Today the Episcopal Diocese of Pittsburgh formally released 135 priests and deacons who have not been active in the Episcopal Church since October of last year.
In letters being mailed today from Bishop Kenneth L. Price, Jr. to each of the affected clergy, the diocese is making good on its offer to release the individuals from their licensed ministry in the Episcopal Church in a way that does not involve disciplinary action.
“The Diocese will proceed to notify the Recorder of Ordinations to remove you from the list of clergy licensed to exercise ordained ministry in The Episcopal Church,” Bishop Price writes in his letter.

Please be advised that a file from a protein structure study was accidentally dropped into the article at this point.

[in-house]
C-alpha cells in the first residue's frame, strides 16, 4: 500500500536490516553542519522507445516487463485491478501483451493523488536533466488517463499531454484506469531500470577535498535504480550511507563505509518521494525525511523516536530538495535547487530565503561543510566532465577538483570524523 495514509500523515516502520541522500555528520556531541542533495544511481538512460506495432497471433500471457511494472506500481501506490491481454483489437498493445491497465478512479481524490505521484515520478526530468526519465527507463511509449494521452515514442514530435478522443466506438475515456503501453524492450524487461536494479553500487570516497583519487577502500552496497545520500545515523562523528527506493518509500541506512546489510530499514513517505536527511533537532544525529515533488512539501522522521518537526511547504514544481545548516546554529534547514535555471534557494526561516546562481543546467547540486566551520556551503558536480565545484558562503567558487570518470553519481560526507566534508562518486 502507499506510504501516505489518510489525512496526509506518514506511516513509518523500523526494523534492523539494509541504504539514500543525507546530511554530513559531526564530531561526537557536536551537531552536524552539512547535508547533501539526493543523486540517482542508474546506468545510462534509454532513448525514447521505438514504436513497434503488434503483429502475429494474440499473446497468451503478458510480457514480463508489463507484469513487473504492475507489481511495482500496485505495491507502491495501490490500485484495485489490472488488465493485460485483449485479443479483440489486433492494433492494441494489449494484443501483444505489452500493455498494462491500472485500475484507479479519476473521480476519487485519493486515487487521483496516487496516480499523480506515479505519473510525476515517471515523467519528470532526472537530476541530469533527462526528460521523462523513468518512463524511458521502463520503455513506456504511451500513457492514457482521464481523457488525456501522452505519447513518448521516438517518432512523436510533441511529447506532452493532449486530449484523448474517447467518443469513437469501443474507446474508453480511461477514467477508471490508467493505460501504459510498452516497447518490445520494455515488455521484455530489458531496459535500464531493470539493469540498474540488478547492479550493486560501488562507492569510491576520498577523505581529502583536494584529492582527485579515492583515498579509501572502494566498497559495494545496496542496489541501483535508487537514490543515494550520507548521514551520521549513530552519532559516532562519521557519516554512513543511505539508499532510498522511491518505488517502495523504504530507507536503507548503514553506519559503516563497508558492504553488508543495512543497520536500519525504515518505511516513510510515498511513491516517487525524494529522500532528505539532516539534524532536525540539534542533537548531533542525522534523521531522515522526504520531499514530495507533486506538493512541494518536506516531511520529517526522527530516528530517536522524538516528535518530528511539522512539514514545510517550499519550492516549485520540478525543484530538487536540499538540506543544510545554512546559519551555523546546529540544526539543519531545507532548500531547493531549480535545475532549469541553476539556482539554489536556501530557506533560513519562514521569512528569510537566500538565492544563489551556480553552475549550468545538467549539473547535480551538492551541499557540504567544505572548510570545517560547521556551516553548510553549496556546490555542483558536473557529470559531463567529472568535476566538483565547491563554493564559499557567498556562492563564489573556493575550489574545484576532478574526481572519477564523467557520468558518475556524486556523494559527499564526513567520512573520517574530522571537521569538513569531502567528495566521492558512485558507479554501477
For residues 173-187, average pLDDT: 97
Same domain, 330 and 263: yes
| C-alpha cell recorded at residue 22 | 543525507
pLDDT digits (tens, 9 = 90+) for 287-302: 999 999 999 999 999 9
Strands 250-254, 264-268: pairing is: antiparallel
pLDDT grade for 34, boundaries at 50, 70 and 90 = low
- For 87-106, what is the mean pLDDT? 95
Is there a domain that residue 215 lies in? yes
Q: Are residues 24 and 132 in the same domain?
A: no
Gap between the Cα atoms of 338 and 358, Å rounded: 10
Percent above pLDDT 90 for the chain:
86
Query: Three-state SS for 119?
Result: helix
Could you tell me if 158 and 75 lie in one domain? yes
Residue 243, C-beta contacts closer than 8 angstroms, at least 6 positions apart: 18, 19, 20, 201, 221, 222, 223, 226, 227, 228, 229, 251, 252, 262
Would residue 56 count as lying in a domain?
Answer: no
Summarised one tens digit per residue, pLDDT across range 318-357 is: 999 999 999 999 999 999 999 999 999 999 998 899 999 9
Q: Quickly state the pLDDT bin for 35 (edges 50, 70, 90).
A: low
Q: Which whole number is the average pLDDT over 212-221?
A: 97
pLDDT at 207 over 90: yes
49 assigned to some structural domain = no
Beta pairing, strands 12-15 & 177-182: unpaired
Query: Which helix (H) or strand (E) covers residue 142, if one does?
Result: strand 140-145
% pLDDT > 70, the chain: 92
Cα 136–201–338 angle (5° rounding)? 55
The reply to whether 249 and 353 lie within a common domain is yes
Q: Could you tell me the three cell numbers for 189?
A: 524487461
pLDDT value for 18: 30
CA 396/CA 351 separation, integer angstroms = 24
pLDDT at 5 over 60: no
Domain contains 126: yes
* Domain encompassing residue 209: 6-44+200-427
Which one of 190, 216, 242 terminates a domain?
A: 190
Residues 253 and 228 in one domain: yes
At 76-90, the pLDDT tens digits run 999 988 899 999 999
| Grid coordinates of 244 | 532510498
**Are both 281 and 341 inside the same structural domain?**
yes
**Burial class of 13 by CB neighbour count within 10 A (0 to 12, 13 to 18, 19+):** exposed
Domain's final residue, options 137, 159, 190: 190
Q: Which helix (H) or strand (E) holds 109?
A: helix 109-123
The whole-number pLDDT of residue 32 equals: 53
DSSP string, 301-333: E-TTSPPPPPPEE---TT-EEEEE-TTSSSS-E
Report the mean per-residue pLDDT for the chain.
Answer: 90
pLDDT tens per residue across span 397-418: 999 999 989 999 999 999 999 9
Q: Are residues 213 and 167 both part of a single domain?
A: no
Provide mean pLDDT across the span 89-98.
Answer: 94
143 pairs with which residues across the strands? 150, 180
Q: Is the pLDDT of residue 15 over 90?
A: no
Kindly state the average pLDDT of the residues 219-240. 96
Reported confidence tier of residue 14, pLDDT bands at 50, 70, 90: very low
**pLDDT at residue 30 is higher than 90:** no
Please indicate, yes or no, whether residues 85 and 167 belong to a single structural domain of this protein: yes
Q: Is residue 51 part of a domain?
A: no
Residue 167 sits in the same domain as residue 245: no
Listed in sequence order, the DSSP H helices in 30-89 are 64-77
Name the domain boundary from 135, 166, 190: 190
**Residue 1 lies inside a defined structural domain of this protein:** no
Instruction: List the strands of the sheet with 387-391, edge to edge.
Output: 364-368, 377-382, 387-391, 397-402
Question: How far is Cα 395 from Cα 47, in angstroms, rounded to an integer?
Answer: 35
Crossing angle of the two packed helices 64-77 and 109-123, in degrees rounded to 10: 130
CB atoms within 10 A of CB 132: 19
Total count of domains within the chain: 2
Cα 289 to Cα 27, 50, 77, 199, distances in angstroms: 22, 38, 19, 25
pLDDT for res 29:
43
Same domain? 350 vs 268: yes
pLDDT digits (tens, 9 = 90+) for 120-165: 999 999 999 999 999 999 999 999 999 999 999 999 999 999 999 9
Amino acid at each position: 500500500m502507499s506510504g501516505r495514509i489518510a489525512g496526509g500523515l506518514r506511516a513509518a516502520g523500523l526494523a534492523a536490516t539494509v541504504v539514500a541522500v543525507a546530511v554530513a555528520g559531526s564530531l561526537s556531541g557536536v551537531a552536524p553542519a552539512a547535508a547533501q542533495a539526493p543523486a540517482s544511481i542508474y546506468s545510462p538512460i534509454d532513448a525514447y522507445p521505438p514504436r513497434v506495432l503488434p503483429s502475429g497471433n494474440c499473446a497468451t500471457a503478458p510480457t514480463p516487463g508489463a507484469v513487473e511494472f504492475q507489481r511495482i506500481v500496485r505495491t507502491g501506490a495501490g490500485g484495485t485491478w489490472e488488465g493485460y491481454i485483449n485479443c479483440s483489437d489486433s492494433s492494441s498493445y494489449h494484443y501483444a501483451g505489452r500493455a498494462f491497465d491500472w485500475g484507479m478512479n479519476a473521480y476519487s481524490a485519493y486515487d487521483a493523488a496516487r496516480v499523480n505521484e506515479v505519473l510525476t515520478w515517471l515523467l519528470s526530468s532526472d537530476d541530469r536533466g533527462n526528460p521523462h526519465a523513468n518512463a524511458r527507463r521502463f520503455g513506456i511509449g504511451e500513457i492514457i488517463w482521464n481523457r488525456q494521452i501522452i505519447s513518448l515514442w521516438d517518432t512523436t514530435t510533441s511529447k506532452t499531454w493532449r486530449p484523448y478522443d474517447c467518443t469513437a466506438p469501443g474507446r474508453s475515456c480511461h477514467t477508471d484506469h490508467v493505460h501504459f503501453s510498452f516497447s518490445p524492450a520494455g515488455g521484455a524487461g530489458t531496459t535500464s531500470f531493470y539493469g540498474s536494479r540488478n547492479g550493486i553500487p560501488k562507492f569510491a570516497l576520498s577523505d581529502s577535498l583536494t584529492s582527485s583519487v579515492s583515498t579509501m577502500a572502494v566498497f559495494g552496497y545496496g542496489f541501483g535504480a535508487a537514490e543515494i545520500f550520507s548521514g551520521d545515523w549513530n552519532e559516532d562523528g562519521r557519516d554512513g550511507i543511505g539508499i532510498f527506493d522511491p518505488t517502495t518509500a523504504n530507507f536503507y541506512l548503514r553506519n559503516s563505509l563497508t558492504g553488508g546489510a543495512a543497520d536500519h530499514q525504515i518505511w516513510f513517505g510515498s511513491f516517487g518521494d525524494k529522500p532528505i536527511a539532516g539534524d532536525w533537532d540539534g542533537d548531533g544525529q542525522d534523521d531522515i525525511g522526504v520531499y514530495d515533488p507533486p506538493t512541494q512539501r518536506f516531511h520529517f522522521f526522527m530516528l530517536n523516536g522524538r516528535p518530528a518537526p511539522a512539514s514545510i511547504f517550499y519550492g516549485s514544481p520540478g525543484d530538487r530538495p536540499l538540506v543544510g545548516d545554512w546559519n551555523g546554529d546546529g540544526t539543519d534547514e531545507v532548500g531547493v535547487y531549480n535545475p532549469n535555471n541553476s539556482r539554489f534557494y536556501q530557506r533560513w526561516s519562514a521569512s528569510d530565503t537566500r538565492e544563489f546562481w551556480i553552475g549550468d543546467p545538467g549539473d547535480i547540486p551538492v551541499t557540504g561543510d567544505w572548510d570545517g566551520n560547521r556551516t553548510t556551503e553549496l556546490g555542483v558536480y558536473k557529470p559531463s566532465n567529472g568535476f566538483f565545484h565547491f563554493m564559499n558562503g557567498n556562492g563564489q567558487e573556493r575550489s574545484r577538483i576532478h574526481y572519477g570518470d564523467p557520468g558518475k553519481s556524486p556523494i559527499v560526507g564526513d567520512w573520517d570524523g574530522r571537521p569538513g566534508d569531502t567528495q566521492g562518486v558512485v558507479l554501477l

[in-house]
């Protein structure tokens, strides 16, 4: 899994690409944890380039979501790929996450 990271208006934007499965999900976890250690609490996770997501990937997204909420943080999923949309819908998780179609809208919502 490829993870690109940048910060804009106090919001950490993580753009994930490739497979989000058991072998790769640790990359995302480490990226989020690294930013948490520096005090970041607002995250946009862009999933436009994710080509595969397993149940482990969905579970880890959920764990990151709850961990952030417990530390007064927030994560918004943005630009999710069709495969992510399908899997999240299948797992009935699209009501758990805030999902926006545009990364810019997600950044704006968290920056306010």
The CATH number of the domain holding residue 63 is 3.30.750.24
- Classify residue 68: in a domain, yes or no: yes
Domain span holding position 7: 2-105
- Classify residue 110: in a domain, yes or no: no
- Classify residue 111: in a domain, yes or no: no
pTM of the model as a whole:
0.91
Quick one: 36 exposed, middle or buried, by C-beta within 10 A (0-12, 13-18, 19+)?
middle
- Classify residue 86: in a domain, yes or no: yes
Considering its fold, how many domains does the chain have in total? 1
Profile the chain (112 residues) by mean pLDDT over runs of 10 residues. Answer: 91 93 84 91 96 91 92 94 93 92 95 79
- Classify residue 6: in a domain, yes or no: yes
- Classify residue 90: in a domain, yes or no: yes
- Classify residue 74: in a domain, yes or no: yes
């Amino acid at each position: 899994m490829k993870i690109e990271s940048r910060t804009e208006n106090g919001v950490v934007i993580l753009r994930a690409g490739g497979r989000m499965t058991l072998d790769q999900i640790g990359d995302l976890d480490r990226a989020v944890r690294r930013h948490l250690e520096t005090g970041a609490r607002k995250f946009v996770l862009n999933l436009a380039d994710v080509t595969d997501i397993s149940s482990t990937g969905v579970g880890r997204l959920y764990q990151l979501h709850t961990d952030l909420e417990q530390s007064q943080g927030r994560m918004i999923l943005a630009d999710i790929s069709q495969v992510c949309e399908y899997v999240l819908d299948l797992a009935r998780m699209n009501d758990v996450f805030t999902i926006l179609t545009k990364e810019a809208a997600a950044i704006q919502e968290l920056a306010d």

He continues, “I confirm that it was for causes which do not affect your moral character [and] does not affect your ordination, which is indelible.”
In the offer of release made last month, the clergy were told they can register their ordinations “with whatever entity you choose.”
Bishop Price’s letter today invites reconciliation with any of them at any time.
“There are canonical procedures that can be followed to receive you and again license you to practice ordained ministry in The Episcopal Church,” Bishop Price write, “and my door will always be open for such a conversation with you.”
Nothing in today’s announcement completing the release of these clergy from the Episcopal Church affects the legal status of the parishes where they serve. A 2005 Stipulation and Court Order provides a mechanism that the Diocese must follow in the event that a parish seeks to disaffiliate from the Episcopal Church, and the Diocese announced separately on October 9, 2009 that it intends to follow those procedures.